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Tuesday, January 12, 1999 Published at 19:36 GMT


Villagers re-enact heroic rescue mission

Lynmouth lifeboat hauled miles across the countryside

One of the most dramatic lifeboat rescues in the history of the service has been re-enacted 100 years on.

Clinton Rogers's reports from Lynmouth on history been repeated
On a stormy evening in 1899 the seas off North Devon were too rough for the Lynmouth lifeboat to go to the aid of a stricken ship.

But rather than stand by and watch a tragedy unfold, the boat's crew helped haul their three-and-a-half tonne vessel miles across Exmoor to calmer waters.

[ image: Ahance to re-live family history]
Ahance to re-live family history
Every able-bodied village mustered to inch the Louisa 1,000ft uphill to the moors in atrocious weather conditions. They worked solidly through the night, without food or drink, reaching the calmer waters of Porlock bay at 6am.

Their 10-hour feat of endurance was not in vain as the crew managed to save the 15 stranded souls on board the cargo ship.

A century on, locals of the West Country village paid tribute to their heroic forefathers by re-enacting the rescue mission.

Sixty men and four working horses had a taste of what their ancestors had faced, bending to the task in driving rain.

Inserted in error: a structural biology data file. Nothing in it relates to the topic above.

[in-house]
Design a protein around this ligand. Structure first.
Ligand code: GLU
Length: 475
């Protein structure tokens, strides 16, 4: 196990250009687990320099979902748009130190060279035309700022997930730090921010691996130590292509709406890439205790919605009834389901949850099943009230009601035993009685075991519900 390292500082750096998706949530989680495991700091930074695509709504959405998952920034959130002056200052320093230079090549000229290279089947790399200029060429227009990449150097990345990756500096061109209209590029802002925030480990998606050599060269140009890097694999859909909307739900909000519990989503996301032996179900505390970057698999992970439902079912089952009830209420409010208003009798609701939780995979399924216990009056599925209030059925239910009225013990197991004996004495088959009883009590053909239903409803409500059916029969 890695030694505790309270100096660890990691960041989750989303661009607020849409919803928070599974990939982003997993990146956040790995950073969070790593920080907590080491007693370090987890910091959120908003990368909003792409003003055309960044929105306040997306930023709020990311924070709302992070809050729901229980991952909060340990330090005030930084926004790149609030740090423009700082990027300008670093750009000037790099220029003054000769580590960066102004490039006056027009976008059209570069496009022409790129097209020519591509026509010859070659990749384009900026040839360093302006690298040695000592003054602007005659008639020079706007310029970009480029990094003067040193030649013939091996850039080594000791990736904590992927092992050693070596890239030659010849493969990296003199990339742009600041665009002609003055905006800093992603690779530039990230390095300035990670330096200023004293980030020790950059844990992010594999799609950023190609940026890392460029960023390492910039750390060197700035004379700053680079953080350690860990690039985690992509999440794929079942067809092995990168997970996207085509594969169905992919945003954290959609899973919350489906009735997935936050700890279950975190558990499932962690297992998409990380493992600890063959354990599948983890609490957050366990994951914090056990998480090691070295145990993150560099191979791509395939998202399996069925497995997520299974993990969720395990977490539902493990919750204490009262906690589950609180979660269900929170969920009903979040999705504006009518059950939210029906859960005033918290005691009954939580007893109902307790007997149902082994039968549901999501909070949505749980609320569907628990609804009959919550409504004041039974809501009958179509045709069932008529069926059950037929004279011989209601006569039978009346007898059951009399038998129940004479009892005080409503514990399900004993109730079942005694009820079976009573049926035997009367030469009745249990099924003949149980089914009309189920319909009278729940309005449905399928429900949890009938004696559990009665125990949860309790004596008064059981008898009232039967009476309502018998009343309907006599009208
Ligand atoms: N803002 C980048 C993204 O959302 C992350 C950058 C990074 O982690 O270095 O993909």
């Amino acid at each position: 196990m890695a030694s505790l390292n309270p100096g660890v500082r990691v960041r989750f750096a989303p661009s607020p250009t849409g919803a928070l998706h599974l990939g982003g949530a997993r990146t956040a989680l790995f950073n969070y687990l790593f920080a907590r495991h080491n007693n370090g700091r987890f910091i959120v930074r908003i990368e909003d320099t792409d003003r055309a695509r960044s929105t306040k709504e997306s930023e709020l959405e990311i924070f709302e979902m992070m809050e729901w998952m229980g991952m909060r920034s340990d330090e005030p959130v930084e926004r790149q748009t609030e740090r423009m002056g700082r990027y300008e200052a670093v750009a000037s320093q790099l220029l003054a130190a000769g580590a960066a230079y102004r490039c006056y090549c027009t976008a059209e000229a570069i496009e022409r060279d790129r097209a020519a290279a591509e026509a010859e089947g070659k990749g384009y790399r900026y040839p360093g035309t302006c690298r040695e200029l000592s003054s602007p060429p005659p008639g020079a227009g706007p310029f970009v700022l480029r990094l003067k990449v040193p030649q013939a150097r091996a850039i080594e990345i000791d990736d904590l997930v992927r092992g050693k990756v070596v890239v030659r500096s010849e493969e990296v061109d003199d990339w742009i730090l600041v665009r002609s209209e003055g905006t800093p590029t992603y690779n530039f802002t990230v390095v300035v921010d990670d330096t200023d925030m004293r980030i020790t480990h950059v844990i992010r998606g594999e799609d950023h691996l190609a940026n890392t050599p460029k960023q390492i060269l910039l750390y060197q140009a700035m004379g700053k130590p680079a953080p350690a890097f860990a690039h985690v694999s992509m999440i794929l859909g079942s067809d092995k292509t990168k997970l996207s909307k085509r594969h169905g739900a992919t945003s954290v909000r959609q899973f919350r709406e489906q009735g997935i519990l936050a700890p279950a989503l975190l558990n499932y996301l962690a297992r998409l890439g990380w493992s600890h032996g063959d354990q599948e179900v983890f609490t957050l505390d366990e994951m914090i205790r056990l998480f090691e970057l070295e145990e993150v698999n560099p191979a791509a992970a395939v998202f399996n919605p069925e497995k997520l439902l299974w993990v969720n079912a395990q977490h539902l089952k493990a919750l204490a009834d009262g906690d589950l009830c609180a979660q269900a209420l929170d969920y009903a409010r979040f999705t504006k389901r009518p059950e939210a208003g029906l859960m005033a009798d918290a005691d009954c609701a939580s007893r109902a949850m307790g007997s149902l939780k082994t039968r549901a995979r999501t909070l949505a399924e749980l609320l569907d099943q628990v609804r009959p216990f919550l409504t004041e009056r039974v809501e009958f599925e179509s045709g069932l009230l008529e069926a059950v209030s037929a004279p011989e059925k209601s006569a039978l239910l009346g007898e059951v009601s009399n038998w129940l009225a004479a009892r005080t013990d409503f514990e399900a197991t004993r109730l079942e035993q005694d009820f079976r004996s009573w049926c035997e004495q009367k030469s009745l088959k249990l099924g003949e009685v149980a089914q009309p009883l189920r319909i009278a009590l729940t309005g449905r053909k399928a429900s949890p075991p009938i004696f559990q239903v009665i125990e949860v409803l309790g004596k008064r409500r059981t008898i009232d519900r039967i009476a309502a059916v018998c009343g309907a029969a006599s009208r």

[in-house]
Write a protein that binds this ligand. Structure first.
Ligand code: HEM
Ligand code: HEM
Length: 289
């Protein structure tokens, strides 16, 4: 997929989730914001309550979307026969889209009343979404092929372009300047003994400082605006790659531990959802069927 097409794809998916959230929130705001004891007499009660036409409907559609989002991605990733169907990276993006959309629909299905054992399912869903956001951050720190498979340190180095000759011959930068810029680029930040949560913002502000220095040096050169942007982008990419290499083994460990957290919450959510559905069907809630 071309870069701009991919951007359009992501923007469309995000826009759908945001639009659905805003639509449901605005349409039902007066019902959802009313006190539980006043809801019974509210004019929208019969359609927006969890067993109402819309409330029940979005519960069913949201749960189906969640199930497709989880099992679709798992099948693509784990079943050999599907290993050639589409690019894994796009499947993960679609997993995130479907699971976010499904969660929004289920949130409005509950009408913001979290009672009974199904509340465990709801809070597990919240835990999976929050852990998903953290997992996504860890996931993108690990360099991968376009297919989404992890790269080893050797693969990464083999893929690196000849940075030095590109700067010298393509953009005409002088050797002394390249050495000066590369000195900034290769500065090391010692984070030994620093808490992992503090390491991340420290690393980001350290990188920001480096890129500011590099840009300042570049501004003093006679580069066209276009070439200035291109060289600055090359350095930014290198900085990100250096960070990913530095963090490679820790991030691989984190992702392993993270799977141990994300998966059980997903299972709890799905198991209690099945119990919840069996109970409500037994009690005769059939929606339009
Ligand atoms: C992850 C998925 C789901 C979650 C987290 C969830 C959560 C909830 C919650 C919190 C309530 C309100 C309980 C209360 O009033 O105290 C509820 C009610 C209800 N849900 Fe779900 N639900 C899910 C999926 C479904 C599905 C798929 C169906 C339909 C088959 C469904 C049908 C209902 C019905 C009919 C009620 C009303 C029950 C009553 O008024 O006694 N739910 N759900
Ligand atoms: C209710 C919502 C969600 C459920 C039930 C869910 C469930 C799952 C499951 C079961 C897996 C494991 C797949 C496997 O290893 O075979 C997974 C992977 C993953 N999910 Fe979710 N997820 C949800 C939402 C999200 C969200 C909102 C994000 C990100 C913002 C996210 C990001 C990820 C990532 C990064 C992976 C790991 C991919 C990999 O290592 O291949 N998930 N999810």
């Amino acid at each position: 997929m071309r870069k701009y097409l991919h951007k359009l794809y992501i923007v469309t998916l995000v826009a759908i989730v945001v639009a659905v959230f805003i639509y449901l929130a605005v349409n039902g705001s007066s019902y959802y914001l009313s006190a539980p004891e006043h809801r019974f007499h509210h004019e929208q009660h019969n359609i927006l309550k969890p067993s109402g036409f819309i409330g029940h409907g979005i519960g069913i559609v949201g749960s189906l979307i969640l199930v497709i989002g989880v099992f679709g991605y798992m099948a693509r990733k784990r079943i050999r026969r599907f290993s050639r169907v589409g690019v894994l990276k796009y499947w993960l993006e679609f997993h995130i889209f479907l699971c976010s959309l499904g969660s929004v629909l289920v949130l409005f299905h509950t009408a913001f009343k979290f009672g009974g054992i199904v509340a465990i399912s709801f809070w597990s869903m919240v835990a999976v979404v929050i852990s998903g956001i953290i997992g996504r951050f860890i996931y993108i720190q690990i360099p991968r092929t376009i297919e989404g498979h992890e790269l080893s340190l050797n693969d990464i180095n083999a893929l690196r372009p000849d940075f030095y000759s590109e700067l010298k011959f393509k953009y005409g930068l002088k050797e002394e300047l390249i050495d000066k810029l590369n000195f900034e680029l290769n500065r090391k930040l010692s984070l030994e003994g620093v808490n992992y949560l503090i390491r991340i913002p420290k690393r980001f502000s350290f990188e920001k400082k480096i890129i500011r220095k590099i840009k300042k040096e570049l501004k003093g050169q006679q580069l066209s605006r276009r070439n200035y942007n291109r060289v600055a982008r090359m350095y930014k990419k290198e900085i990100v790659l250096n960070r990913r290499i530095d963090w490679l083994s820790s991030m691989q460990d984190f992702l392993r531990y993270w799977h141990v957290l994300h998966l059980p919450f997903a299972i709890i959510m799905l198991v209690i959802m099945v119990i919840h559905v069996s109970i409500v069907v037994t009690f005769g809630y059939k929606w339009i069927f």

At times they resorted to a little 20th century technology. Tractors were used to haul the restored Bembridge lifeboat, a vessel of the same period as the Louisa, up two steep hills,

[ image:  ]
Dick Pedler remembered his grandfather's original feat of stamina.

"They had to do it in the dark. Of course they had no flashlights, only lanterns that blew out every time they tried to do anything," he said.

Edward Nightingale, of the Royal National Lifeboat Institution, recalled the heroic feat of yesteryear.

"It's beyond belief. One hundred years on, one still wonders how they did it overnight in the dark, the rain and the snow. It's incredible," said Mr Nightingale.

[ image: Watch presented in recognistion of bravery]
Watch presented in recognistion of bravery
At 16 years old, Andrew Richards's father was the youngest crew member of the original rescue mission. He was presented with a watch in recognition of his bravery and it is now a treasured family heirloom.

Mr Richards said of his father: "I think he found it difficult to talk about it. He'd rather talk about the amusing aspects of it than the serious side."

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